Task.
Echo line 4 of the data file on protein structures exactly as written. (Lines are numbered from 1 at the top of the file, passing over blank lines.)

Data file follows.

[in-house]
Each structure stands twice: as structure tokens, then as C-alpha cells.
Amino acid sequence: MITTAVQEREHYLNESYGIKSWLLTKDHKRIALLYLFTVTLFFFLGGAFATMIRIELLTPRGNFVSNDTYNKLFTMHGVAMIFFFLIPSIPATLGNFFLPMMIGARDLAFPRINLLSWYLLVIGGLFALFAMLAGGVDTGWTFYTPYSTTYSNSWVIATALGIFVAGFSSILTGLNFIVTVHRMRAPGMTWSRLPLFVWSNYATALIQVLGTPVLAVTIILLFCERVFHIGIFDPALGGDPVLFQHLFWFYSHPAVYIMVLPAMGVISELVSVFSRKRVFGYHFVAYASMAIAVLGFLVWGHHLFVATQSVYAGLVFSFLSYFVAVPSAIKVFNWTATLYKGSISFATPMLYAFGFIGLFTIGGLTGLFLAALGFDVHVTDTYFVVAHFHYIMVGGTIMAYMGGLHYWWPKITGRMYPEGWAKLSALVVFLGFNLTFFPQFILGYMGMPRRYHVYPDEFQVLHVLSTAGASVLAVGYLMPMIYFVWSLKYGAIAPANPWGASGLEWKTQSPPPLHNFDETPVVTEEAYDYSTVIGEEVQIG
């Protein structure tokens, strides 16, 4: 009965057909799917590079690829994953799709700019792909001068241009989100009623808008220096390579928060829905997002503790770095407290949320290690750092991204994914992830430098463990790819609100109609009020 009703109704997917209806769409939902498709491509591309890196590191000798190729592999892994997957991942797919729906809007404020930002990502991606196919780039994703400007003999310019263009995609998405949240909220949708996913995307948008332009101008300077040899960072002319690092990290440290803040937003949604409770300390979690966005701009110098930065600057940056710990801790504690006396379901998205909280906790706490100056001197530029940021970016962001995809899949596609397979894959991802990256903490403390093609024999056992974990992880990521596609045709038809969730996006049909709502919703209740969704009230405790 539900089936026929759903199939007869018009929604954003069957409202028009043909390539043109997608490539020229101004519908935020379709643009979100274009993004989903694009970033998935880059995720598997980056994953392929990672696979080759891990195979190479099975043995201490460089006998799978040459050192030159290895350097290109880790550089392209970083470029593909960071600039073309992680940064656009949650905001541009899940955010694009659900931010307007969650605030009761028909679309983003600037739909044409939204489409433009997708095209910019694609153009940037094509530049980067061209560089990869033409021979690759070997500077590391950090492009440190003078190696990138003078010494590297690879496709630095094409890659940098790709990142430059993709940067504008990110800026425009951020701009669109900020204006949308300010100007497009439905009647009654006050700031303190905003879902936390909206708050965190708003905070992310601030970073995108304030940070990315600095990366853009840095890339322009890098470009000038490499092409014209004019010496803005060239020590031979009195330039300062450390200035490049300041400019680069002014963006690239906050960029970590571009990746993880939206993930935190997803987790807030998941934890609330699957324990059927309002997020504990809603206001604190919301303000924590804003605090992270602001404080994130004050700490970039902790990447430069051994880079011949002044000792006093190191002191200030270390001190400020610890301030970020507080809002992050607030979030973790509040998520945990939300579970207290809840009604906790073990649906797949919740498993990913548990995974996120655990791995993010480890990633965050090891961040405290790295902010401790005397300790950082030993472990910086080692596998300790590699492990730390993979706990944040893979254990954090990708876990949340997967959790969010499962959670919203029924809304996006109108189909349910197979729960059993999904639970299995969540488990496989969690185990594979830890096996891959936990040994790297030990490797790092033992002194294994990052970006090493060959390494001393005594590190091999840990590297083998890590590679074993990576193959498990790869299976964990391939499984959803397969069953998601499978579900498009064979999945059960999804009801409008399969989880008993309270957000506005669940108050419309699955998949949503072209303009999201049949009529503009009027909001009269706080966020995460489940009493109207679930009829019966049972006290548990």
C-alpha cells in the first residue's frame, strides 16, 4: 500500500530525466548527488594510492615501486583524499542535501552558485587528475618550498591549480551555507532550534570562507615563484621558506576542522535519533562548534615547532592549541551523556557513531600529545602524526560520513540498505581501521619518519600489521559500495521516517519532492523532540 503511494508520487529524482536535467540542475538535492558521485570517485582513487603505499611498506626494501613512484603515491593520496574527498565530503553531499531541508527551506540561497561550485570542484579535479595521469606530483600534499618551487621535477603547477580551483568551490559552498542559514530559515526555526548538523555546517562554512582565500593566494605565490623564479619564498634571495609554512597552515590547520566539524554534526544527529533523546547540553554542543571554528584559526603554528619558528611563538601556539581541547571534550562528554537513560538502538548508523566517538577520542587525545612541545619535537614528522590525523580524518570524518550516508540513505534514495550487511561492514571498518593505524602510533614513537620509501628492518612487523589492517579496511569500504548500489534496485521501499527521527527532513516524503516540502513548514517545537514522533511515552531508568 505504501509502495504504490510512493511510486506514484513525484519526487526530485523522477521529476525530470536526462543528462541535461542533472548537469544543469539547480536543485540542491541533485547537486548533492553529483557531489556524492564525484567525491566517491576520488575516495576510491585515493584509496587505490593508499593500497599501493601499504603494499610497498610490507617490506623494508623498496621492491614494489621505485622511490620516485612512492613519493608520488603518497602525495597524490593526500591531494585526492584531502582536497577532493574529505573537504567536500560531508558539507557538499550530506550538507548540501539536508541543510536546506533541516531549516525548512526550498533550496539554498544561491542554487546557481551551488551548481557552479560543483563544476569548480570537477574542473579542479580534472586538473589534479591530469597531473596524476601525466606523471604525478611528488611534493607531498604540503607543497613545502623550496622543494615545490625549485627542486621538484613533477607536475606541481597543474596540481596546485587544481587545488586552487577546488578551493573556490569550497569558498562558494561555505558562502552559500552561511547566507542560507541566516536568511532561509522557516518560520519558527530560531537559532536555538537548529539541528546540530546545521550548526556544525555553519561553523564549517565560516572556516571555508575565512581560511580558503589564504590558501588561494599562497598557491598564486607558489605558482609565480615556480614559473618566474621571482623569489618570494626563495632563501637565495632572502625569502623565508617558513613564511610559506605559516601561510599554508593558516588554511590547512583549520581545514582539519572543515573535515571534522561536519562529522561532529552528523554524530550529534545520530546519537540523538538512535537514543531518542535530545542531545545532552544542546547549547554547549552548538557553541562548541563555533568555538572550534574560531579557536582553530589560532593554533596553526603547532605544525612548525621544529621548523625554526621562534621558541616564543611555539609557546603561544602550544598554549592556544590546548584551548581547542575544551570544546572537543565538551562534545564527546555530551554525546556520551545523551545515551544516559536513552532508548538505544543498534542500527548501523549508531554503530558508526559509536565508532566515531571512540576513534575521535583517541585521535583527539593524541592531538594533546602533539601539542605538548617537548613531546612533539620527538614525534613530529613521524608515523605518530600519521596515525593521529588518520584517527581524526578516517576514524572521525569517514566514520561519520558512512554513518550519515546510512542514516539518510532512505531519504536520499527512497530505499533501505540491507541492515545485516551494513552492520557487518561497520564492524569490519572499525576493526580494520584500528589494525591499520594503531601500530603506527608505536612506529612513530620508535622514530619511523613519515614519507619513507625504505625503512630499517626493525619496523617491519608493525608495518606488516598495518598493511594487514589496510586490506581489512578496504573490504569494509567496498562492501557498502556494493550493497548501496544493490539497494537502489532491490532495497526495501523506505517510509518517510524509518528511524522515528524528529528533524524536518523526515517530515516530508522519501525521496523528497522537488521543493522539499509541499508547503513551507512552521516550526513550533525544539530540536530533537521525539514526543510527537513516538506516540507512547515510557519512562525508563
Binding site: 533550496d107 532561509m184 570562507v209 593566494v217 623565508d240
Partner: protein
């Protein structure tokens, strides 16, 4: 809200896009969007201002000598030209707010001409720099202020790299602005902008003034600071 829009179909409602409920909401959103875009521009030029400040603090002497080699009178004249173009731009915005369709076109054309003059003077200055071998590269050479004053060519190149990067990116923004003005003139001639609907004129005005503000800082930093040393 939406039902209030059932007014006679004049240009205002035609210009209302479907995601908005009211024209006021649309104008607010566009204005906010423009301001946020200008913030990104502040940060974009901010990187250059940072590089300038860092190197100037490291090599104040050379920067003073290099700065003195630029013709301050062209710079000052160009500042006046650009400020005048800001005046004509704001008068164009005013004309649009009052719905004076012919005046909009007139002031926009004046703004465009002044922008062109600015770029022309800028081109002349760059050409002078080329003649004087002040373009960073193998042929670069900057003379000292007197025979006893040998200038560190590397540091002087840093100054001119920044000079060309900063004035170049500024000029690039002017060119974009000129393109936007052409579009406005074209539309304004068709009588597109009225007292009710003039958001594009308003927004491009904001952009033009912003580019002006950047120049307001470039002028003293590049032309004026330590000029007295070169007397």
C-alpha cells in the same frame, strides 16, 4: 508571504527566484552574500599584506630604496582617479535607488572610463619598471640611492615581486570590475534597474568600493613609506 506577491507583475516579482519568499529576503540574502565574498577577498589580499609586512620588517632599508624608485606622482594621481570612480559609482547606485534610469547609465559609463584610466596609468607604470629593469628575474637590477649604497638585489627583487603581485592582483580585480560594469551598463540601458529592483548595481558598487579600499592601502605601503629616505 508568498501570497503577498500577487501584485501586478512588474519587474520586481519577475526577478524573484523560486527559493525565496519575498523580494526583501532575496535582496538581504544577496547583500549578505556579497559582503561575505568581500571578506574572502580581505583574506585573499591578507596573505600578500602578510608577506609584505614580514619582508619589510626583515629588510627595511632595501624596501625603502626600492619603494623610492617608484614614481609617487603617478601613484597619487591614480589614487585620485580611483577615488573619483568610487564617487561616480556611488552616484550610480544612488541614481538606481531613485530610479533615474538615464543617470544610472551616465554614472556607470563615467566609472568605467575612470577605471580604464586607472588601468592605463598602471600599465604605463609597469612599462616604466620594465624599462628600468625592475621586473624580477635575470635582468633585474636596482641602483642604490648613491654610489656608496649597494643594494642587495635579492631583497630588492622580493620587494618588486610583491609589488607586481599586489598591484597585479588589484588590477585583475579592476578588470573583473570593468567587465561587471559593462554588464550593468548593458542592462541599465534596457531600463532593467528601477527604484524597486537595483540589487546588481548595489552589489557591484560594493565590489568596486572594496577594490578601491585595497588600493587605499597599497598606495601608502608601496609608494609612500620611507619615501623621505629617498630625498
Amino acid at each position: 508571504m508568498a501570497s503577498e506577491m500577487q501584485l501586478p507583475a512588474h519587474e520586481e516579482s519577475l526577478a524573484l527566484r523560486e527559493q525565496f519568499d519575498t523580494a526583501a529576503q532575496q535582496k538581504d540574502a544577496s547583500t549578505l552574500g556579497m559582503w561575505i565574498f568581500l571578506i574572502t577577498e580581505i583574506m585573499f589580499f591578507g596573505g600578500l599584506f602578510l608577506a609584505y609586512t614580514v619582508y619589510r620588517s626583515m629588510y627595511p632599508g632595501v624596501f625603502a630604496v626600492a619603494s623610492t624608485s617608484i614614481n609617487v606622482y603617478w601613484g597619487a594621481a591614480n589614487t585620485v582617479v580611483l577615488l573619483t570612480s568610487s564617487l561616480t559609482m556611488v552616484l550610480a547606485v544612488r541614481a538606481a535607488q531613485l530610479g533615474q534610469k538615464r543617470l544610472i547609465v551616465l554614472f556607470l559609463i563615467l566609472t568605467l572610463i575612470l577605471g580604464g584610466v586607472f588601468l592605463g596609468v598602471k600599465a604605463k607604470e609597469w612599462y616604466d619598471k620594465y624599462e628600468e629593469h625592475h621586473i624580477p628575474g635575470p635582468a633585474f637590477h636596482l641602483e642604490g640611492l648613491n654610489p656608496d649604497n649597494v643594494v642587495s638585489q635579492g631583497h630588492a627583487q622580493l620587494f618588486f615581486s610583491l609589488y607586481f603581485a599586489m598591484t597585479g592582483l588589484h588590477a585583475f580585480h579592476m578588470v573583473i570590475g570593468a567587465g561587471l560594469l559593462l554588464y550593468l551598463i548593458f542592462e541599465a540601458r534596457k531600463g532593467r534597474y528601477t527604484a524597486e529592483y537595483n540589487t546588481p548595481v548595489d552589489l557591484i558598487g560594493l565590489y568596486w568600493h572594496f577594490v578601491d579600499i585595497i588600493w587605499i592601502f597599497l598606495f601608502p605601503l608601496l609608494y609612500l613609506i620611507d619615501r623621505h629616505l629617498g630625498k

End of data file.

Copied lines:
């Protein structure tokens, strides 16, 4: 009965057909799917590079690829994953799709700019792909001068241009989100009623808008220096390579928060829905997002503790770095407290949320290690750092991204994914992830430098463990790819609100109609009020 009703109704997917209806769409939902498709491509591309890196590191000798190729592999892994997957991942797919729906809007404020930002990502991606196919780039994703400007003999310019263009995609998405949240909220949708996913995307948008332009101008300077040899960072002319690092990290440290803040937003949604409770300390979690966005701009110098930065600057940056710990801790504690006396379901998205909280906790706490100056001197530029940021970016962001995809899949596609397979894959991802990256903490403390093609024999056992974990992880990521596609045709038809969730996006049909709502919703209740969704009230405790 539900089936026929759903199939007869018009929604954003069957409202028009043909390539043109997608490539020229101004519908935020379709643009979100274009993004989903694009970033998935880059995720598997980056994953392929990672696979080759891990195979190479099975043995201490460089006998799978040459050192030159290895350097290109880790550089392209970083470029593909960071600039073309992680940064656009949650905001541009899940955010694009659900931010307007969650605030009761028909679309983003600037739909044409939204489409433009997708095209910019694609153009940037094509530049980067061209560089990869033409021979690759070997500077590391950090492009440190003078190696990138003078010494590297690879496709630095094409890659940098790709990142430059993709940067504008990110800026425009951020701009669109900020204006949308300010100007497009439905009647009654006050700031303190905003879902936390909206708050965190708003905070992310601030970073995108304030940070990315600095990366853009840095890339322009890098470009000038490499092409014209004019010496803005060239020590031979009195330039300062450390200035490049300041400019680069002014963006690239906050960029970590571009990746993880939206993930935190997803987790807030998941934890609330699957324990059927309002997020504990809603206001604190919301303000924590804003605090992270602001404080994130004050700490970039902790990447430069051994880079011949002044000792006093190191002191200030270390001190400020610890301030970020507080809002992050607030979030973790509040998520945990939300579970207290809840009604906790073990649906797949919740498993990913548990995974996120655990791995993010480890990633965050090891961040405290790295902010401790005397300790950082030993472990910086080692596998300790590699492990730390993979706990944040893979254990954090990708876990949340997967959790969010499962959670919203029924809304996006109108189909349910197979729960059993999904639970299995969540488990496989969690185990594979830890096996891959936990040994790297030990490797790092033992002194294994990052970006090493060959390494001393005594590190091999840990590297083998890590590679074993990576193959498990790869299976964990391939499984959803397969069953998601499978579900498009064979999945059960999804009801409008399969989880008993309270957000506005669940108050419309699955998949949503072209303009999201049949009529503009009027909001009269706080966020995460489940009493109207679930009829019966049972006290548990």